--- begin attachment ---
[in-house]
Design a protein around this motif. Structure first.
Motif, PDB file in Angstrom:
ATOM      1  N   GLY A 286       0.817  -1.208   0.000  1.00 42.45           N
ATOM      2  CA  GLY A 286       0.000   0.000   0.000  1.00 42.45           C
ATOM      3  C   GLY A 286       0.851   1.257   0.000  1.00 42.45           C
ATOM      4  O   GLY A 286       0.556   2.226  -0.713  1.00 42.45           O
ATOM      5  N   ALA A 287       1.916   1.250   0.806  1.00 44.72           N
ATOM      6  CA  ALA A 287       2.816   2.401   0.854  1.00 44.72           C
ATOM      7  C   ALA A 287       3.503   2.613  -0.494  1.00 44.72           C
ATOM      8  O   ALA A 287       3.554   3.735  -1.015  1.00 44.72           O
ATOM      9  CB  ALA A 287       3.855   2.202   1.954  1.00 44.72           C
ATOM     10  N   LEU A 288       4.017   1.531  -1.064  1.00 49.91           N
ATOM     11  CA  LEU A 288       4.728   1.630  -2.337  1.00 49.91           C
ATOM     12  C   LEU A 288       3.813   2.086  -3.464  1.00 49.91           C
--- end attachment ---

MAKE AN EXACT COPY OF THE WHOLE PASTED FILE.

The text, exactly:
[in-house]
Design a protein around this motif. Structure first.
Motif, PDB file in Angstrom:
ATOM      1  N   GLY A 286       0.817  -1.208   0.000  1.00 42.45           N
ATOM      2  CA  GLY A 286       0.000   0.000   0.000  1.00 42.45           C
ATOM      3  C   GLY A 286       0.851   1.257   0.000  1.00 42.45           C
ATOM      4  O   GLY A 286       0.556   2.226  -0.713  1.00 42.45           O
ATOM      5  N   ALA A 287       1.916   1.250   0.806  1.00 44.72           N
ATOM      6  CA  ALA A 287       2.816   2.401   0.854  1.00 44.72           C
ATOM      7  C   ALA A 287       3.503   2.613  -0.494  1.00 44.72           C
ATOM      8  O   ALA A 287       3.554   3.735  -1.015  1.00 44.72           O
ATOM      9  CB  ALA A 287       3.855   2.202   1.954  1.00 44.72           C
ATOM     10  N   LEU A 288       4.017   1.531  -1.064  1.00 49.91           N
ATOM     11  CA  LEU A 288       4.728   1.630  -2.337  1.00 49.91           C
ATOM     12  C   LEU A 288       3.813   2.086  -3.464  1.00 49.91           C